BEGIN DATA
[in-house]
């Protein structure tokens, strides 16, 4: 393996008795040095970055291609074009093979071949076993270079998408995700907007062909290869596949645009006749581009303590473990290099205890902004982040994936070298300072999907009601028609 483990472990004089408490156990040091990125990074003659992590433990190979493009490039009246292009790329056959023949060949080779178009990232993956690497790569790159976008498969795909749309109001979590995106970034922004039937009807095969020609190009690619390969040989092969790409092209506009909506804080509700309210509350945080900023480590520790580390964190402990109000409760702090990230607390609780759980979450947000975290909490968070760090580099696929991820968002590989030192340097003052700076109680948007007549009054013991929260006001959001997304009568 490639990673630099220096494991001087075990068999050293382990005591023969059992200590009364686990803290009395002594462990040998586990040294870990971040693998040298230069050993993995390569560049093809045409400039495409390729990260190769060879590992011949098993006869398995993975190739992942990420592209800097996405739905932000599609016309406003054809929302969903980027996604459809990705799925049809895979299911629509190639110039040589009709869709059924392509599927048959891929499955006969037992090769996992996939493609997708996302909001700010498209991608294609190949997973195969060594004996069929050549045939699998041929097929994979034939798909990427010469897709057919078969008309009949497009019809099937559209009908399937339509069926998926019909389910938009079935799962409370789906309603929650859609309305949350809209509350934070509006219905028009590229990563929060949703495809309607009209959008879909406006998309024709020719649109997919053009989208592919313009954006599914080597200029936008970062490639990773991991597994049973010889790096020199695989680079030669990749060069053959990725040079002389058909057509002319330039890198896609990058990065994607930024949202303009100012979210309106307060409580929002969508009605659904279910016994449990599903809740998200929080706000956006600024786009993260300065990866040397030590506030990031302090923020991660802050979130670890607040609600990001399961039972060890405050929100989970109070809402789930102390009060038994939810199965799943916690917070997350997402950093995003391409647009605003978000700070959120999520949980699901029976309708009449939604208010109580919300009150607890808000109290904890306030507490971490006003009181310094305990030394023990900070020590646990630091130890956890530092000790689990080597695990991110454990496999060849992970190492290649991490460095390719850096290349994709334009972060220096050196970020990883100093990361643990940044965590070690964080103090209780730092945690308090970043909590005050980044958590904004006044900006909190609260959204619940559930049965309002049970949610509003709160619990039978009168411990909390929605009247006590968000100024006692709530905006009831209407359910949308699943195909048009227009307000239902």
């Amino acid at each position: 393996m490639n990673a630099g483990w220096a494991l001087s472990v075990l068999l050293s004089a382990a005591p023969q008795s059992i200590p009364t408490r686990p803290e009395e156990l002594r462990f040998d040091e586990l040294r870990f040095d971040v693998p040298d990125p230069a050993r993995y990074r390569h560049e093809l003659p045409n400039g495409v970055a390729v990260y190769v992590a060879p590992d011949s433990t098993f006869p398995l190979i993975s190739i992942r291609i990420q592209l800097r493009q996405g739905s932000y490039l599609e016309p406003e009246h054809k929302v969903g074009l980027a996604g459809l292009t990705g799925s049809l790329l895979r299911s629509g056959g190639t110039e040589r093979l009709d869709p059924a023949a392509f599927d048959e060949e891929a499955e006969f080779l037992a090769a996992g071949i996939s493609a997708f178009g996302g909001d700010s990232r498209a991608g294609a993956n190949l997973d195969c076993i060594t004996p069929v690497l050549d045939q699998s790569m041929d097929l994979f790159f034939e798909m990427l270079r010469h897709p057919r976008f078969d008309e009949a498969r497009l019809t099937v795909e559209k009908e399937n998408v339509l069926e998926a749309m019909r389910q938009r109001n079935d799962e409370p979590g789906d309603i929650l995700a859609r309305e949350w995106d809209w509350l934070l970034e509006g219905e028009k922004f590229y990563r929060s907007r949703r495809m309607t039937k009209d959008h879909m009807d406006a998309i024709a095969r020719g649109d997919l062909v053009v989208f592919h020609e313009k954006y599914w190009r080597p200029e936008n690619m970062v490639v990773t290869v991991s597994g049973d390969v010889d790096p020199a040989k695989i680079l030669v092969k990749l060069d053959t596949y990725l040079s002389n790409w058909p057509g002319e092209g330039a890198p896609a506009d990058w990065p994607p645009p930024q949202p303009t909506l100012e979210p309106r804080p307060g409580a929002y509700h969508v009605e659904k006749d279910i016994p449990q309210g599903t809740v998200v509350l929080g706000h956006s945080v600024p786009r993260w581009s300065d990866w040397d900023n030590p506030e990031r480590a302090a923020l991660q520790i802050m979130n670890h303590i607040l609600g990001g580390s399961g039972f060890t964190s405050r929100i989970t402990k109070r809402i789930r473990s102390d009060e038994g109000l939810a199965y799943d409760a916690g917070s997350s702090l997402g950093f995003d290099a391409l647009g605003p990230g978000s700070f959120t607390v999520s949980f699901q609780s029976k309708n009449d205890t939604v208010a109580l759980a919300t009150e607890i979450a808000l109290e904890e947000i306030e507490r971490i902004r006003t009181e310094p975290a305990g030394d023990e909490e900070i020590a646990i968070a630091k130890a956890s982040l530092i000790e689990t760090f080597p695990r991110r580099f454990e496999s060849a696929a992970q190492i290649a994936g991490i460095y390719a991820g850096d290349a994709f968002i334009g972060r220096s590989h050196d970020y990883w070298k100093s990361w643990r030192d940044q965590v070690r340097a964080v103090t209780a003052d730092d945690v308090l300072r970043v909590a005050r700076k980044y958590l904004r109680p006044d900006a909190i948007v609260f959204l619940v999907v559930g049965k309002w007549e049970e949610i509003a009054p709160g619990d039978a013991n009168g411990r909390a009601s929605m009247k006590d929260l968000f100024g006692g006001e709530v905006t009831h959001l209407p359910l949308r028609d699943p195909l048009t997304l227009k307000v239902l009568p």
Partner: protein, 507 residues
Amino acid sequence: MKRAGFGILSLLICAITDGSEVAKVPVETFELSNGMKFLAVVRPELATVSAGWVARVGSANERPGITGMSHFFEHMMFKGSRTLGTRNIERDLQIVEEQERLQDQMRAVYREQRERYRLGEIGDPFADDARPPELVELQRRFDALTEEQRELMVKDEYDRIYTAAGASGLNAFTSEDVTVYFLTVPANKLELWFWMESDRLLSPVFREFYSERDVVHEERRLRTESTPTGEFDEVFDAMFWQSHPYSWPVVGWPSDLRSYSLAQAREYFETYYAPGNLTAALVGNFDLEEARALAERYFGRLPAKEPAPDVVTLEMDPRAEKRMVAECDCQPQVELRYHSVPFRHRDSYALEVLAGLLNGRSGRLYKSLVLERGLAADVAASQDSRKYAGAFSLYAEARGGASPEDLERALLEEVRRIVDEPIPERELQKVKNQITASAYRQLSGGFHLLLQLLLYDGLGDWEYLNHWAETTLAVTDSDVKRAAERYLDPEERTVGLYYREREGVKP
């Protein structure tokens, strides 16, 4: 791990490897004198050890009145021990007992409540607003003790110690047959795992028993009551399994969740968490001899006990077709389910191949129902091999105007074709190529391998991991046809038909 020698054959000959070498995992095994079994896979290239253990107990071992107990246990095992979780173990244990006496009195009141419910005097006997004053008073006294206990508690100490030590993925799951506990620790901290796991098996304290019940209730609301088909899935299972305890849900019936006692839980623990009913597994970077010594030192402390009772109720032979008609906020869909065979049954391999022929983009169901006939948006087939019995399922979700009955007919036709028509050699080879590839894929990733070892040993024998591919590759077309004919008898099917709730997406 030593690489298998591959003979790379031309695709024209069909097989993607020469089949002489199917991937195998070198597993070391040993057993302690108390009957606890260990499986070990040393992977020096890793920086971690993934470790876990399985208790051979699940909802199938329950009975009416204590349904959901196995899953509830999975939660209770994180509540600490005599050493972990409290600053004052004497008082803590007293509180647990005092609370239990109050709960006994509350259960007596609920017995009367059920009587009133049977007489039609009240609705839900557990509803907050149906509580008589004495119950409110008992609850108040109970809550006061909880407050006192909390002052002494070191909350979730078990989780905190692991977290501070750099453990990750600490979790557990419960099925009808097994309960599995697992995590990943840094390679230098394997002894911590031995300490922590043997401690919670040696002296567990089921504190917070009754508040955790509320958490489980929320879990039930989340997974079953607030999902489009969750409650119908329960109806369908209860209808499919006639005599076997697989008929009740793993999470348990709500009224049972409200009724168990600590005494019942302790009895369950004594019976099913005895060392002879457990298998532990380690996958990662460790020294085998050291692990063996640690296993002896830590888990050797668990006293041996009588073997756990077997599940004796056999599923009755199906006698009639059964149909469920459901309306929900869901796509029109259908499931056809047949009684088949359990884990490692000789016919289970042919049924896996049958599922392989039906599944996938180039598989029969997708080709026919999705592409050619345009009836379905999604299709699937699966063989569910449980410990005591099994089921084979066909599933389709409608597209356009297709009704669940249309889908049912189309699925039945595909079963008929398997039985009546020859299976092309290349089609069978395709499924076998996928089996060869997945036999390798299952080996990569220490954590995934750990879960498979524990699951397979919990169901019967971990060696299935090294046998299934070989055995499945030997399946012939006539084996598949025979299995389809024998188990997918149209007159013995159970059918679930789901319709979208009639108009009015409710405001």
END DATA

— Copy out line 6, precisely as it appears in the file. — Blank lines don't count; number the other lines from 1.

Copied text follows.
């Protein structure tokens, strides 16, 4: 791990490897004198050890009145021990007992409540607003003790110690047959795992028993009551399994969740968490001899006990077709389910191949129902091999105007074709190529391998991991046809038909 020698054959000959070498995992095994079994896979290239253990107990071992107990246990095992979780173990244990006496009195009141419910005097006997004053008073006294206990508690100490030590993925799951506990620790901290796991098996304290019940209730609301088909899935299972305890849900019936006692839980623990009913597994970077010594030192402390009772109720032979008609906020869909065979049954391999022929983009169901006939948006087939019995399922979700009955007919036709028509050699080879590839894929990733070892040993024998591919590759077309004919008898099917709730997406 030593690489298998591959003979790379031309695709024209069909097989993607020469089949002489199917991937195998070198597993070391040993057993302690108390009957606890260990499986070990040393992977020096890793920086971690993934470790876990399985208790051979699940909802199938329950009975009416204590349904959901196995899953509830999975939660209770994180509540600490005599050493972990409290600053004052004497008082803590007293509180647990005092609370239990109050709960006994509350259960007596609920017995009367059920009587009133049977007489039609009240609705839900557990509803907050149906509580008589004495119950409110008992609850108040109970809550006061909880407050006192909390002052002494070191909350979730078990989780905190692991977290501070750099453990990750600490979790557990419960099925009808097994309960599995697992995590990943840094390679230098394997002894911590031995300490922590043997401690919670040696002296567990089921504190917070009754508040955790509320958490489980929320879990039930989340997974079953607030999902489009969750409650119908329960109806369908209860209808499919006639005599076997697989008929009740793993999470348990709500009224049972409200009724168990600590005494019942302790009895369950004594019976099913005895060392002879457990298998532990380690996958990662460790020294085998050291692990063996640690296993002896830590888990050797668990006293041996009588073997756990077997599940004796056999599923009755199906006698009639059964149909469920459901309306929900869901796509029109259908499931056809047949009684088949359990884990490692000789016919289970042919049924896996049958599922392989039906599944996938180039598989029969997708080709026919999705592409050619345009009836379905999604299709699937699966063989569910449980410990005591099994089921084979066909599933389709409608597209356009297709009704669940249309889908049912189309699925039945595909079963008929398997039985009546020859299976092309290349089609069978395709499924076998996928089996060869997945036999390798299952080996990569220490954590995934750990879960498979524990699951397979919990169901019967971990060696299935090294046998299934070989055995499945030997399946012939006539084996598949025979299995389809024998188990997918149209007159013995159970059918679930789901319709979208009639108009009015409710405001």